Middle of 1969, my freshman year of high school at LaSalle Academy on the Lower East Side, I heard Beck's Bolero for the first time and lost it, literally lost it. When this song came on a radio, I'd stop whatever I was doing and move to the speaker source like a wayward space craft being magnetically pulled into the mother ship.
This instrumental tune off Jeff Beck's album, Truth shook my core. It featured Beck, Jimmy Page, Nicky Hopkins, John Paul Jones, and Keith Moon on drums. Moon snuck into the recording studio to avoid pissing off Pete Townshend. This Lp album, including my favorite versions of Shape of Things and Morning Dew, triggered the most stringent money saving effort in my life. I needed to hear this music the way it needed to be heard. Loud and clear. Working 30 hour weeks after school and Saturdays for three months, I earned $350 delivering groceries at Daitch Shopwell, allowing me to buy a high end Lafayette stereo receiver and a pair of Criterion 100s, Lafayette's best speakers. I bought the gear at the Lafayette store on 87th Street & Lexington Avenue. I usually got thrown out of the store for not buying nothing, so it was odd to be there with lots of money, ready to spend, and the staff was ignoring my friend, Ekis and me. To attract attention we began to play Saluggi with a portable record player. This immediately brought the sales help we sought.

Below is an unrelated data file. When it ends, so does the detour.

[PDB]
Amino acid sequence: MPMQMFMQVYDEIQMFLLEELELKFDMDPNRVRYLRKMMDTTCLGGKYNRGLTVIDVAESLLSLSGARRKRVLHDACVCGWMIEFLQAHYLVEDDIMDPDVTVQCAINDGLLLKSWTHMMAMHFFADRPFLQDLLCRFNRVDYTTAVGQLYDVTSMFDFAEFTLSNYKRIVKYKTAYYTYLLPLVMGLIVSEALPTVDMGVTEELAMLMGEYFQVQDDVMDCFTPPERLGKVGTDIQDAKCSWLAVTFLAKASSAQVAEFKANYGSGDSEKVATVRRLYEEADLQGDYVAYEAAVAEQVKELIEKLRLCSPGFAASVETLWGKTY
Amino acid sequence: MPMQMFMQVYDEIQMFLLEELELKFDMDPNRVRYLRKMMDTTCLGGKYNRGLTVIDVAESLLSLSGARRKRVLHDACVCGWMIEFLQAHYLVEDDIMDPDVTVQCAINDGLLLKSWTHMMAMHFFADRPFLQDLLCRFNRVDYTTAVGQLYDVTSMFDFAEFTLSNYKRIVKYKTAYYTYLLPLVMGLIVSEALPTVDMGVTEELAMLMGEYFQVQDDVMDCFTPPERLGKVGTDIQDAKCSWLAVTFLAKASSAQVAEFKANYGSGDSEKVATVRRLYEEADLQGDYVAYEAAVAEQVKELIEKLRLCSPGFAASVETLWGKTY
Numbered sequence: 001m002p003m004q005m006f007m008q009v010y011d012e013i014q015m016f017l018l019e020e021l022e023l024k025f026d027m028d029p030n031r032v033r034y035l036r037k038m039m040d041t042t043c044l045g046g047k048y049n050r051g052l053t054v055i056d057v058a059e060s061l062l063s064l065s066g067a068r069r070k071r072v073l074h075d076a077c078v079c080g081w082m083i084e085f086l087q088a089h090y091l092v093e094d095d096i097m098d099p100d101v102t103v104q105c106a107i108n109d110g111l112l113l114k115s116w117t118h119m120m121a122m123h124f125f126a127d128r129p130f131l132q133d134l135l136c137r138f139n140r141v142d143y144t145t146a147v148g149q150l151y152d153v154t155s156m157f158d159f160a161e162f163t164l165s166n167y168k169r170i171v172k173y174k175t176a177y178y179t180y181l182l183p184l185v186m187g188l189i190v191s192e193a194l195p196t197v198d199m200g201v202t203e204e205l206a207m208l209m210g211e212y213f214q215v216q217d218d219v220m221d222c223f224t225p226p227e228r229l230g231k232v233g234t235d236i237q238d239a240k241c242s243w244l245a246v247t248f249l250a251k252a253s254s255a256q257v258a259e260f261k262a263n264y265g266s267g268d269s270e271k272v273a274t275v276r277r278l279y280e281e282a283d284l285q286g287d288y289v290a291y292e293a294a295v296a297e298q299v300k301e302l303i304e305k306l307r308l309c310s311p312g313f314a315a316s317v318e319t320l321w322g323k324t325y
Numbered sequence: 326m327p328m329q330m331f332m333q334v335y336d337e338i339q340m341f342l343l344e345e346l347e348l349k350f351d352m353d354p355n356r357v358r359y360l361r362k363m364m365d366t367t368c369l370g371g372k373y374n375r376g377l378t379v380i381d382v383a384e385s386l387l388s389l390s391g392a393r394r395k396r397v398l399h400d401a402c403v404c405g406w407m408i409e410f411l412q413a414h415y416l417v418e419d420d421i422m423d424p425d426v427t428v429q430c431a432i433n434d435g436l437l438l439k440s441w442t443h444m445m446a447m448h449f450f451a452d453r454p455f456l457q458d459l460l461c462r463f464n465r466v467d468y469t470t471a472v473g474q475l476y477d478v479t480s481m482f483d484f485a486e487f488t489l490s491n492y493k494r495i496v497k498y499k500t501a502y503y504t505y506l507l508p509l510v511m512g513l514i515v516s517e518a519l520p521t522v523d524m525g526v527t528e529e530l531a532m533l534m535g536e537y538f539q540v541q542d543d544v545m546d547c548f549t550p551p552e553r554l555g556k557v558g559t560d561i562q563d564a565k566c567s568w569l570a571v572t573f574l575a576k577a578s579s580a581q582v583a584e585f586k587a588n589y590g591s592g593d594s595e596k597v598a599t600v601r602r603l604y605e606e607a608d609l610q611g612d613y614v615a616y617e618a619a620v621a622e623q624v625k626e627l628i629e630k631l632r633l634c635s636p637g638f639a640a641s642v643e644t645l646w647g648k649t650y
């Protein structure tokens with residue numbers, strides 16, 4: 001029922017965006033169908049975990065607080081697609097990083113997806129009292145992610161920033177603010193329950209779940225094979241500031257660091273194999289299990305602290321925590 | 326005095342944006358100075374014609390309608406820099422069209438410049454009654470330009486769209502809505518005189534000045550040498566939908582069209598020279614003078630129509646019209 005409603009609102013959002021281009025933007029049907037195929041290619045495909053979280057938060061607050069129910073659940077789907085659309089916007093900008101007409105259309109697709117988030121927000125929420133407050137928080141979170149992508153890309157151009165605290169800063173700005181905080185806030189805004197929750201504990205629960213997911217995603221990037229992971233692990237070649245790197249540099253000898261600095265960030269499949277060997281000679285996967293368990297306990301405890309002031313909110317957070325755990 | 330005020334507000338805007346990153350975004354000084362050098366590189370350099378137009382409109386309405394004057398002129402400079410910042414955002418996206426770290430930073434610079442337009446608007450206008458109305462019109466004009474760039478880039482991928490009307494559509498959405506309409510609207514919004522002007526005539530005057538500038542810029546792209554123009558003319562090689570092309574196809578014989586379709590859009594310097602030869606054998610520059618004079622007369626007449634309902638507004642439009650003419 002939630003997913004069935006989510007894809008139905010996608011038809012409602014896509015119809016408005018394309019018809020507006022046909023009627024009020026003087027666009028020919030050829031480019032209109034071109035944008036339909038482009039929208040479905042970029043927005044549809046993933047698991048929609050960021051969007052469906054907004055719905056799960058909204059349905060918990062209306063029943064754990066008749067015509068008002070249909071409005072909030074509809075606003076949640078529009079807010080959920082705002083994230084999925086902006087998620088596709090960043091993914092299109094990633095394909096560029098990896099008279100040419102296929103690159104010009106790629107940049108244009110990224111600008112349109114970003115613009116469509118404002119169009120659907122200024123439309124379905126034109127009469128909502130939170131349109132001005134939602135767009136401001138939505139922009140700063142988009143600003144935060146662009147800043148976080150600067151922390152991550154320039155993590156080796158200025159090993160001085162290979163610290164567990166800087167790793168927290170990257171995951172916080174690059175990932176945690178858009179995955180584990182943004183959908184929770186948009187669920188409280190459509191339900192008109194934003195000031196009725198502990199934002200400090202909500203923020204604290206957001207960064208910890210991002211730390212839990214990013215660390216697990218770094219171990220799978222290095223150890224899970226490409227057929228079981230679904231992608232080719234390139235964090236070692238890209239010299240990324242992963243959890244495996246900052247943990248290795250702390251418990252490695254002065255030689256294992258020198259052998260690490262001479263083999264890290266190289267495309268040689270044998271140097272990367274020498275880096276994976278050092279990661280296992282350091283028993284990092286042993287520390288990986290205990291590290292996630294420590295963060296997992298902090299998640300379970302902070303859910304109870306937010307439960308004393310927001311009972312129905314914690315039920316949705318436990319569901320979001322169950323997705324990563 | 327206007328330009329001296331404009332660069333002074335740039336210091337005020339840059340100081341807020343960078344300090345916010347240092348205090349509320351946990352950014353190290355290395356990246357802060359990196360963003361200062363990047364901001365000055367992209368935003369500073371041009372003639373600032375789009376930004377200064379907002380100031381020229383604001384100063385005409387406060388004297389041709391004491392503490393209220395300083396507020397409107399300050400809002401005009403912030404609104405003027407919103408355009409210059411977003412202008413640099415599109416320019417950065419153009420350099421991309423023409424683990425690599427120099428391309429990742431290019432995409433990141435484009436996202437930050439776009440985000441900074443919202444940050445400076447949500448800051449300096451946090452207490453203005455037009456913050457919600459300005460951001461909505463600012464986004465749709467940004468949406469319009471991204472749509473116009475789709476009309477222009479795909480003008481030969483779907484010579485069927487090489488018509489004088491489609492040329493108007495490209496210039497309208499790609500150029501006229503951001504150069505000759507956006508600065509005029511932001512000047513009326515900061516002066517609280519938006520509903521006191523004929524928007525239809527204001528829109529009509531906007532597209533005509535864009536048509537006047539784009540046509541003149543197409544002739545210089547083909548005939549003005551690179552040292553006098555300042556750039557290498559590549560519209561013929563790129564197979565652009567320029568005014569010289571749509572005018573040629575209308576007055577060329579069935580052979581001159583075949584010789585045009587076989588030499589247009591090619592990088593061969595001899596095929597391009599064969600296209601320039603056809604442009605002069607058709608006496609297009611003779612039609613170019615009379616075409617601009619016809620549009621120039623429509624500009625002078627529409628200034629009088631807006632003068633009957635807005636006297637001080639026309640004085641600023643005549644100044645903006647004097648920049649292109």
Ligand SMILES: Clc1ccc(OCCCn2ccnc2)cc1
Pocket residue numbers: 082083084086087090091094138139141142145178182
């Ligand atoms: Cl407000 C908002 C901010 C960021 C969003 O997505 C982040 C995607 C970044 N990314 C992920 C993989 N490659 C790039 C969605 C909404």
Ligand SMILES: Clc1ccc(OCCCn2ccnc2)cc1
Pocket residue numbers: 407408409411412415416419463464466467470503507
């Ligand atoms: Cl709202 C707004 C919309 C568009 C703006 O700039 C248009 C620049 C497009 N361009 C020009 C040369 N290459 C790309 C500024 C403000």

I timed my purchase to coincide with an evening I'd have our family apartment to myself until 11pm. I got in the house at 7pm. I wired the speakers to the receiver and the receiver to my low end Garrard turntable. I laid the speakers on the floor facing each other two feet apart, I lowered the needle onto Beck's Bolero, I turn the volume knob up three quarters, I laid on the floor with my head in between both speakers pointed towards my ears. When the song started I had two thoughts: this was bliss & a firm belief that my decision to keep the volume at 75 percent was a prudent choice preventing me from blowing the speakers out on their first use. The deep bass vibrations rattled the bedroom window panes like a train hurtling along an imaginary El outside.